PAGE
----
Summer fireworks ban
If HB 2310 is passed, Washington residents will have to forget the fireworks for Fourth of July. In an effort to prevent fires this summer, the bill prohibits “the sale, purchase, use, and discharge of consumer fireworks” from June 1 to Sept. 30 this year, with the bill expiring on Oct. 1, 2016. The bill would also ban unnecessary burning outdoors without a permit from June 1 to Sept. 30. Democrat Rep. Kevin Van De Wege, a firefighter from Sequim, is the primary sponsor of the bill.

Accommodating pregnant women in the workplace
If passed, Senate Bill 6149 would require employers to provide “reasonable accommodation” to pregnant employees. For example, the employer must provide more frequent bathroom breaks, provide places for the employee to sit, allow time off to recover from childbirth and temporarily modify work schedules or job duties. The bill’s primary sponsor is Sen. Karen Keiser, D-Kent.

Increasing the smoking age
At the request of Attorney General Bob Ferguson, SB 6157 would increase the legal age from 18 to 21 for purchasing tobacco and vapor products, including e-pipes and e-cigarettes. Democrat Rep. Tina Orwall and 16 co-sponsors have signed on to the companion bill in the House. Ferguson attempted to raise the smoking age last year, but the bills failed to pass. Some cities, including New York City have increased their smoking age to 21, and recently Hawaii became the first state to raise the age to 21.


Governor Inslee proposes new teacher pay raises paid for by closing tax breaks

By | December 17, 2015 | 0 Comments

New teachers in Washington would garner higher salaries under a proposal introduced Thursday by Democratic Gov. Jay Inslee.

Governor Jay Inslee News Conference

Governor Jay Inslee unveils his 2016 supplemental budget proposal.

In his 2016 supplemental budget proposal, the governor would raise the starting salary for teachers to $40,000. The estimated cost is $80 million dollars next year, and $100 million every year after that.

To pay for the raises, Gov. Inslee wants to close or alter four “outdated” tax breaks.

Refund the state portion of sales tax to nonresidents: Shoppers from states with no sales tax, like Oregon, would have to apply for a state sales tax refund on purchases in Washington. No longer would the discount be applied instantly. Saved over three years = $79.3 million

-Repeal the sales tax break on bottled water: Saved over three years = $82.9 million

-Limit the real estate excise tax exemption (REET) for banks: Connected to foreclosed properties. Saved over three years = $106.7 million

-Repeal the use tax exemption for extracted fuel: Claimed by the state’s oil refineries. Saved over three years = $58.6 million

“Having a classroom teacher to teach algebra right now is more important than some oil industry tax break that ended up getting done 20 or 30 years ago that doesn’t even apply anymore,” Gov. Inslee said during a press conference.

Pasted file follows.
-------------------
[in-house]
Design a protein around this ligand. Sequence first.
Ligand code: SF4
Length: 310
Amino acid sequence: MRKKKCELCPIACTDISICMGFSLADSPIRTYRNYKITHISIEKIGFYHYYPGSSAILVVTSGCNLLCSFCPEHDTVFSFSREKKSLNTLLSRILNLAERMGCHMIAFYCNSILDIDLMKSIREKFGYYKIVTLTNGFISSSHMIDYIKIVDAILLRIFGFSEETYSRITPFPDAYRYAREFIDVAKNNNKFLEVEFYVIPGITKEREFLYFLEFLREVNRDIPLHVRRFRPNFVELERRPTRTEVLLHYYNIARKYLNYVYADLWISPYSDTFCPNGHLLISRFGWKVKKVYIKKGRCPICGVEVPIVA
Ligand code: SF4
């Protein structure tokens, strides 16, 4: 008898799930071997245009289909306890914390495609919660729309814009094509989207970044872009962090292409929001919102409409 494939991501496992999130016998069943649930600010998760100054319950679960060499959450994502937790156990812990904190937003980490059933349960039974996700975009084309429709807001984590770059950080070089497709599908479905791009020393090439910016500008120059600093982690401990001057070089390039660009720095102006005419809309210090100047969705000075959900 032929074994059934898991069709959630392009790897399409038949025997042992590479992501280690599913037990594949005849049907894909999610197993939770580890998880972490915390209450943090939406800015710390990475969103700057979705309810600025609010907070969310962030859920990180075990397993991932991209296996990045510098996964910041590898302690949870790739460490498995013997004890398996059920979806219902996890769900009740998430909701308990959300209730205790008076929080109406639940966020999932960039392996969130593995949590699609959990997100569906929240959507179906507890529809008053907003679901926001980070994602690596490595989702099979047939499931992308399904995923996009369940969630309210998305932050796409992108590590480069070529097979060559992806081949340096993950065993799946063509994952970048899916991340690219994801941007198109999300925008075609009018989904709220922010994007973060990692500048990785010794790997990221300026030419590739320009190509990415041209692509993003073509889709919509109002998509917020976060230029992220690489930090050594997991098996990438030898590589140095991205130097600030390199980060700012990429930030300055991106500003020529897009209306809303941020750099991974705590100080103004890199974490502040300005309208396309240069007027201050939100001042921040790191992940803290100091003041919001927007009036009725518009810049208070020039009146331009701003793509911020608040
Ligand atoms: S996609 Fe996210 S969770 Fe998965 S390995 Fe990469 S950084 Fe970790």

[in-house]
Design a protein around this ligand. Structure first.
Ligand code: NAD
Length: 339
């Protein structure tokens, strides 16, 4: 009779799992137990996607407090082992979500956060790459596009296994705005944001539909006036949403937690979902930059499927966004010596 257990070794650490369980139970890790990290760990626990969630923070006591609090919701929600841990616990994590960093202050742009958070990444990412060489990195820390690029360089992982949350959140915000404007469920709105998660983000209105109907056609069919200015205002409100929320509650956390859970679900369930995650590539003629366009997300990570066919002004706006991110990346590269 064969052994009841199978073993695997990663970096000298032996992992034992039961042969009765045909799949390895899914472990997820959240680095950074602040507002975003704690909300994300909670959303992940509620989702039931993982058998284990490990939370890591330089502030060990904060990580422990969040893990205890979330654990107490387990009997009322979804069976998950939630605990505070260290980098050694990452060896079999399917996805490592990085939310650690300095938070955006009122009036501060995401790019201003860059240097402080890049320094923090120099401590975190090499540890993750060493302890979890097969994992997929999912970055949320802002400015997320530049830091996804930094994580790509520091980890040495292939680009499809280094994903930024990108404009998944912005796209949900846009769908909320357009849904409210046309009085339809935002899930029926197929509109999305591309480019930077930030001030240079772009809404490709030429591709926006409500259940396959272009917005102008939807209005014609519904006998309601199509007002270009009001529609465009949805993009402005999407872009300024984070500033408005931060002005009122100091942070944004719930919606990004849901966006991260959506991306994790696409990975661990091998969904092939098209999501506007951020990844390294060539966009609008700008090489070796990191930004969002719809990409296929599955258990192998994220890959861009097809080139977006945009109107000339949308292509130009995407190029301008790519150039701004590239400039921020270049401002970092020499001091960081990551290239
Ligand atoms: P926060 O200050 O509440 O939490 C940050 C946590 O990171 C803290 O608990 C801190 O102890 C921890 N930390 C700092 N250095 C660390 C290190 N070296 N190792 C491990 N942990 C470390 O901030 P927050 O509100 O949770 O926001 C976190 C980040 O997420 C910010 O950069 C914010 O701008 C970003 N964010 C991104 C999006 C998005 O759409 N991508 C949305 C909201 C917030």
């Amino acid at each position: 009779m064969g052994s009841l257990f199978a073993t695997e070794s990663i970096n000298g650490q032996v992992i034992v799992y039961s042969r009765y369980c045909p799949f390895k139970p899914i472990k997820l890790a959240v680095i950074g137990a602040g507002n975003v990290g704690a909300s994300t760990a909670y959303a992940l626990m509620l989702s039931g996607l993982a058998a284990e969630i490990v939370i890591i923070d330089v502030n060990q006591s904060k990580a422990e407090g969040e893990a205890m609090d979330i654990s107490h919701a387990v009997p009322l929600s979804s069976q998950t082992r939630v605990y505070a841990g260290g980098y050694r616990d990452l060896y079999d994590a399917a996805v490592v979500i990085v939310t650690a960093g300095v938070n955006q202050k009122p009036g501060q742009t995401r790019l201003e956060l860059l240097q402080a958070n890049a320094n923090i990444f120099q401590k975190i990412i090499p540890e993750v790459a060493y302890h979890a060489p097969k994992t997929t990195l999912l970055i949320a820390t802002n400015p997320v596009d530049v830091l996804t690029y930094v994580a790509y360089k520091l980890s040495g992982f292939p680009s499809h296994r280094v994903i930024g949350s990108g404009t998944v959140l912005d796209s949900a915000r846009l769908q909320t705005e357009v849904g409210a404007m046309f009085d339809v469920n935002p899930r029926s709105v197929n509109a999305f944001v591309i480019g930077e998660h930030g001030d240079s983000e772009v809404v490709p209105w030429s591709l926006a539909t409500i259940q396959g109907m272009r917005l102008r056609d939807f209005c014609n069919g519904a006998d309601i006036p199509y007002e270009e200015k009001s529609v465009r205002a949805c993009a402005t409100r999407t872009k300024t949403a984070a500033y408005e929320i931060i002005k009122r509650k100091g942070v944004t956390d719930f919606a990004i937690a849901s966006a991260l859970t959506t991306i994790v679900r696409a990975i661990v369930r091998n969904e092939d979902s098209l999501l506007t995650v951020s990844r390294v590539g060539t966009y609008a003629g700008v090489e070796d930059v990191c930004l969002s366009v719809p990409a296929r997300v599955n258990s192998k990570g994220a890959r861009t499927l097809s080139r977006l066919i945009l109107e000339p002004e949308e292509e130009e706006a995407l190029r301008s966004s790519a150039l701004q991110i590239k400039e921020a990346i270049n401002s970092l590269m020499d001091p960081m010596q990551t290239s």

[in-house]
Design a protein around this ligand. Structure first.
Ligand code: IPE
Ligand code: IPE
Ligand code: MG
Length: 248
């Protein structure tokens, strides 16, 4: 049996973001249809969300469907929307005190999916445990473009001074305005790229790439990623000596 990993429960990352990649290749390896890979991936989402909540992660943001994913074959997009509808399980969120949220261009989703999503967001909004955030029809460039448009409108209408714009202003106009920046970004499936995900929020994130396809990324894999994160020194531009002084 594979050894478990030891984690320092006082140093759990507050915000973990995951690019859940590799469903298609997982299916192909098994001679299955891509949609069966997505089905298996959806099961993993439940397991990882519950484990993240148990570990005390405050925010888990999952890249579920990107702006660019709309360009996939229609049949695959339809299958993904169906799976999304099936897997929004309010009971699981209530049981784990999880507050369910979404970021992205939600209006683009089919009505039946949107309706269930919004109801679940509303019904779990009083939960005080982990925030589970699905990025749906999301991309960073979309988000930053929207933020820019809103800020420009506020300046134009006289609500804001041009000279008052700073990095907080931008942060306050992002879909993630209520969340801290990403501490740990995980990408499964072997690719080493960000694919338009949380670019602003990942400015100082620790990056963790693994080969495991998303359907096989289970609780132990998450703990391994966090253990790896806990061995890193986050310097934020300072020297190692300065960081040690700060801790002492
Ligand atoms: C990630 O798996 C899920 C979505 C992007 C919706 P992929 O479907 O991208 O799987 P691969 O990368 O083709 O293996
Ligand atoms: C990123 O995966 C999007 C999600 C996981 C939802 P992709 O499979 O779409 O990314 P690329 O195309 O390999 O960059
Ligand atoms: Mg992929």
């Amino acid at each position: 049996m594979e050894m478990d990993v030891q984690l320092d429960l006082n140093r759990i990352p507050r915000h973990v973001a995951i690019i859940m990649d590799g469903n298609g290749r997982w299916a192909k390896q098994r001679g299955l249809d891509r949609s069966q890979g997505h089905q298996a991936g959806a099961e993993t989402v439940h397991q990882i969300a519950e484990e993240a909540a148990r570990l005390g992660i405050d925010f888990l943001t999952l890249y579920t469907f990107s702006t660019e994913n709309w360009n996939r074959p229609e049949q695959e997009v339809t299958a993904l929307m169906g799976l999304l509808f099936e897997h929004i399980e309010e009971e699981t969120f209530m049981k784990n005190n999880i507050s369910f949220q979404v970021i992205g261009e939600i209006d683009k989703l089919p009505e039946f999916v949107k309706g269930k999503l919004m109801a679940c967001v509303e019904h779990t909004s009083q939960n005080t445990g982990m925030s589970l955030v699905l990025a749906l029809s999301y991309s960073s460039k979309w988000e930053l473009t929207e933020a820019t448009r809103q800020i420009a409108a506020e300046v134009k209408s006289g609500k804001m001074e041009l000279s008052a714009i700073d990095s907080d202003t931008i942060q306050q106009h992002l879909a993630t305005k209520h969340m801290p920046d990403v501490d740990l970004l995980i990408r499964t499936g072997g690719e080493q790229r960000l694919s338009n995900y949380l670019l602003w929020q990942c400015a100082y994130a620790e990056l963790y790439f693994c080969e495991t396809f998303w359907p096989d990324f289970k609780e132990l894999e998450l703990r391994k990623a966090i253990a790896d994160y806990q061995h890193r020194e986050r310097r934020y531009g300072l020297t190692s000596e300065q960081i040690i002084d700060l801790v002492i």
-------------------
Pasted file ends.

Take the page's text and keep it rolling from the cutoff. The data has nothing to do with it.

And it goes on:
Washington is struggling to find qualified teachers and substitutes, according to a recent survey by the Office of Superintendent of Public Instruction and the Association of Washington School Principals. Of those responding, 45-percent say they could not fill all classroom teacher positions with fully certified teachers who met job qualifications.

Retirements, hiring freezes and economic uncertainties that have discouraged students from choosing a teaching career, and new teacher burnout are cited as reasons why. Research shows half of beginning teachers opt out of the profession in the first five years, many blame low pay and a lack of support. To address that, the governor’s plan allots $5 million for mentors.

The minimum teacher salary would be raised by $4,300 starting next school year. That increase is in addition to the 4.8% cost-of-living adjustment already worked into the current budget. Teachers with more experience, along with administrative and classified staff, would also get a raise of at least one-percent.

This proposal is only one part of the changes Gov. Inslee would like to make to the state’s current two-year $38 billion budget.  

Washington brought in another $245 million in new revenue since the budget passed, but the Governor says costs have gone up. Separate from the teacher salary plan, his proposal includes $700 million in additional spending to pay for increased Medicaid caseloads, urgent mental health care needs, and to cover the costs of fighting last summer’s wildfires. One million acres and hundreds of homes burned in what’s considered the worst fire season in state history, costing Washington nearly $180 million.

For mental health care, Governor Inslee proposes spending an additional $137 million, both in state and federal money. The money would be spent on new programs, hiring more doctors and nurses at state psychiatric hospitals, and community-based housing and recovery services.

“We know we have to do more for mental health in this state. We have urgent short-term needs, but we also need to take a long view on how to build a stronger mental health system,” Gov. Inslee said.

Governor Inslee’s supplemental budget sources that addition $700 million from fund transfers from the state’s Budget Stabilization Account, which would leave close to $1 billion remaining in reserves.

Republicans quickly responded to the Governor’s proposal. Senate Budget Chair Andy Hill sent an email saying it does not balance over four years. “Unfortunately, as has become a yearly tradition, the governor continues to offer plenty of ways to spend taxpayer dollars, but fails to provide a sustainable way to pay for it,” wrote Sen. Hill.